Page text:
I’m writing this blog at 32,000 feet flying back to California. I’m reflecting on the crazy “flying experience” us travelers have to endure. It starts with checking in our luggage. I heard of one guy going up to the counter with his check-in luggage. He said to the lady at the counter “I would like you to send this to New York then down to Florida then across to Texas and end it up in Atlanta.” Startled the lady responded. “Sorry sir, we don’t do that.” “Well,” responded the traveler “you did it last week. I don’t know why you can’t do it again.”
The stories we have of lost, delayed and broken luggage would make an excellent novel. It seemed like things would improve when they introduced sophisticated tracking technology. A few months ago my daughter headed to Tampa, Florida for a much needed vacation after taking the California Bar Exam to practice in the state. All her toiletries, make-up and clothing were in the hold and, upon arrival, she was told her bag was in another city. She was given a special tracking code to now track the arrival and delivery of the bag. Well her and I now began the exciting “where is Waldo’s bag” search by following the lost luggage on the computer.
We were very happy to discover that the bag had arrived in Tampa early that following morning and that Cedric was the assigned delivery driver leaving Tampa in a blue Nissan at 8:30am with the missing bag on board. We eagerly tracked the little blinking dot on the GPS map for two hours only to see Cedric’s car return back to Tampa’s airport. It was now almost noon and my daughter’s hosts were begging to start heading to the beach. With no beach clothes or swimsuit, my daughter remained miserable at the beach house dutifully trusting the technology and trying to reach every luggage agent she could get through to. Suddenly Elaine was the new driver in a silver PT Cruiser and the dot on the screen started blinking again but just seemed to be going nowhere. By 4pm the driver changed again to Nora in a black Corolla.
By this stage all my daughter’s three years of law school knowledge, combined with fiery frustration, was being systematically meted out on every airline and luggage agent that dared to physically answer a phone up and down the East Coast. Nora’s dot now seemed to travel in a tortuously slow path through every single neighborhood in Tampa. When it finally arrived after 10pm that night at the beach house, we discovered that Cedric’s car was having engine trouble and returned to base, Elaine bit off more than she could chew and could not fit all the luggage assigned to her into her vehicle. Of course my daughter’s bag was a casualty and got left behind and had to be reassigned. Finally Nora decided to deliver her bag last. Had she arrived at the beach house a few minutes later, she would have missed delivering it by the 11pm curfew and would have had to take it back to Tampa airport to start the process again the following day. What we discovered was that the technology had not really helped improve the service but simply prolonged the agony and exposed the absolute incompetency of both the airline and the luggage delivery system.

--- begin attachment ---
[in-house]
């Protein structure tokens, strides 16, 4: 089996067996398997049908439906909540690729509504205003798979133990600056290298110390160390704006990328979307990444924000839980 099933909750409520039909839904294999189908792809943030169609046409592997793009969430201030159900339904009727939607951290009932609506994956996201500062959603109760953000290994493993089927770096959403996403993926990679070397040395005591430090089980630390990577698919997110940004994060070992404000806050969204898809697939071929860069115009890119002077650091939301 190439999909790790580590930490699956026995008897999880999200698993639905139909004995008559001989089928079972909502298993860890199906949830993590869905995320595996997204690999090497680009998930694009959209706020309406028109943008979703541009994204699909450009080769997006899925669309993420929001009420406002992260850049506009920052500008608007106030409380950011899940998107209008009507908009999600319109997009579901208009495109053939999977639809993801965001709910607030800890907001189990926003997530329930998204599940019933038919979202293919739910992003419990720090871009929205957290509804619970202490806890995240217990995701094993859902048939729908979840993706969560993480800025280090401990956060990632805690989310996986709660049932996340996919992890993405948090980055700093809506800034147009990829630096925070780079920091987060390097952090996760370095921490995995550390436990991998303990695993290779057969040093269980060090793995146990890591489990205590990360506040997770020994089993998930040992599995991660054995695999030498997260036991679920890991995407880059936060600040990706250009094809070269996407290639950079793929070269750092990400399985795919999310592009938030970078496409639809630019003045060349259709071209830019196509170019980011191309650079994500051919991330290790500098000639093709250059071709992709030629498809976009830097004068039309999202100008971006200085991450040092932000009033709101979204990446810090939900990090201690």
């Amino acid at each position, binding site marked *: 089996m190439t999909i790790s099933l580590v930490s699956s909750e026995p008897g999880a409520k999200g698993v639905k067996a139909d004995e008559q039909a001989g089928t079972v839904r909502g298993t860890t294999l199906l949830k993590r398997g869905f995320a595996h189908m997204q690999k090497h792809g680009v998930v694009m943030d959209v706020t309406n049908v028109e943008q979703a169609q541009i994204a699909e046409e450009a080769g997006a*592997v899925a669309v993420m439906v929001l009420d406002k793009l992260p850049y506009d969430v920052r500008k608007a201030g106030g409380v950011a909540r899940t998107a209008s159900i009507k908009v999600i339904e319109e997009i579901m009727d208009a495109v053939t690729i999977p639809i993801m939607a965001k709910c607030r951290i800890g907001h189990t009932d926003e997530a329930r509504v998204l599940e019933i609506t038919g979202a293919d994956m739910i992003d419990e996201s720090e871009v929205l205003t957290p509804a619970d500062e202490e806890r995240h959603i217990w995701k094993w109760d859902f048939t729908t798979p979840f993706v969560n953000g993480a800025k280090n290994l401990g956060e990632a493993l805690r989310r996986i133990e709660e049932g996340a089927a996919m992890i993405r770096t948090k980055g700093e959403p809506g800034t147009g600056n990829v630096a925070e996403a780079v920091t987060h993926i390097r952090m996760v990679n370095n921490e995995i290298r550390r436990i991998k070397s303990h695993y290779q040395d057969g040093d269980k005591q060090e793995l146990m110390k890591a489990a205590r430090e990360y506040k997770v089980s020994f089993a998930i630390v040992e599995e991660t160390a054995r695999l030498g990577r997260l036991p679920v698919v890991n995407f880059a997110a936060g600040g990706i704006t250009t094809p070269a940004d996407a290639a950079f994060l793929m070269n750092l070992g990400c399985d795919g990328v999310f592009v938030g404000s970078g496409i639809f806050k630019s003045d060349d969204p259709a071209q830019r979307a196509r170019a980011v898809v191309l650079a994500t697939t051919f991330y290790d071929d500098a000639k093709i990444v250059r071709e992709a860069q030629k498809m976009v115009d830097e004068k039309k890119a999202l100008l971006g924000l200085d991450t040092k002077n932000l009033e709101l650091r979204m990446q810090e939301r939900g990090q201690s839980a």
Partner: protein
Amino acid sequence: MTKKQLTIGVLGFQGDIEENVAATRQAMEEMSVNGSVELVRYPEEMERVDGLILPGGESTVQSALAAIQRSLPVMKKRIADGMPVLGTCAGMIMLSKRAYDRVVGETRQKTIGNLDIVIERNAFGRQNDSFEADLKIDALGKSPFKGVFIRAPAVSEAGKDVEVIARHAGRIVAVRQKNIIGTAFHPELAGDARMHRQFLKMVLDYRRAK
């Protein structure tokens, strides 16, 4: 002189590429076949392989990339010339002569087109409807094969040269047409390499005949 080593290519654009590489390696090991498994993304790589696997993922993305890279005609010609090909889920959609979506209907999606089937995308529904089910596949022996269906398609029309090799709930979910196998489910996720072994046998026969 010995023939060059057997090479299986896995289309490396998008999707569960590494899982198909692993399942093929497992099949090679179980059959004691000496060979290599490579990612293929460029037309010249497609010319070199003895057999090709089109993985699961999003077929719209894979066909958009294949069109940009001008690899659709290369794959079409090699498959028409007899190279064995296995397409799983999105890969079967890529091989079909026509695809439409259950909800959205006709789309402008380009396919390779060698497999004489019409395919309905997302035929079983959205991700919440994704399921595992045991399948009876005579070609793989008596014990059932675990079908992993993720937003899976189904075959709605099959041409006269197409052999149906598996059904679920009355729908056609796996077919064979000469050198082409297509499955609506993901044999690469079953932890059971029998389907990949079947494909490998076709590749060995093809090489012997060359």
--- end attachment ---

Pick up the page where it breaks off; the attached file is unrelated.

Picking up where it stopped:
Well back to my flight. I’m gazing up through a thinly veiled curtain at the “comfortable” people eating their warm nuts in first class. No matter how many miles I fly I never seem to make that elite group. Over to my right is a large lady with a young baby. They are both sleeping now, completely trapping in the other two people in the row. Most airline seats are not designed for large people never mind a baby, a huge diaper bag, handbag, blanket and snacks.
Even if one of those trapped was desperate to use the restroom, I doubt if any of them would risk damaging the sleeping status quo. The scenario reminds me of the following airline story which I will close with:
A little guy gets on a plane and sits next to the window.
A few minutes later, a big, heavy, strong mean-looking, hulking guy plops
down in the seat next to him and immediately falls asleep.
The little guy starts to feel a little airsick, but he’s afraid to wake
the big guy up to ask if he can go to the bathroom. He knows he can’t
climb over him, and so the little guy is sitting there, looking at the big
guy, trying to decide what to do.
Suddenly, the plane hits an air pocket and an uncontrollable wave of
nausea passes through the little guy. He can’t hold it in any longer and
he pukes all over the big guy’s chest.
About five minutes later the big guy wakes up, looks down, and sees the
vomit all over him.
“So,” says the little guy, “are you feeling better now?”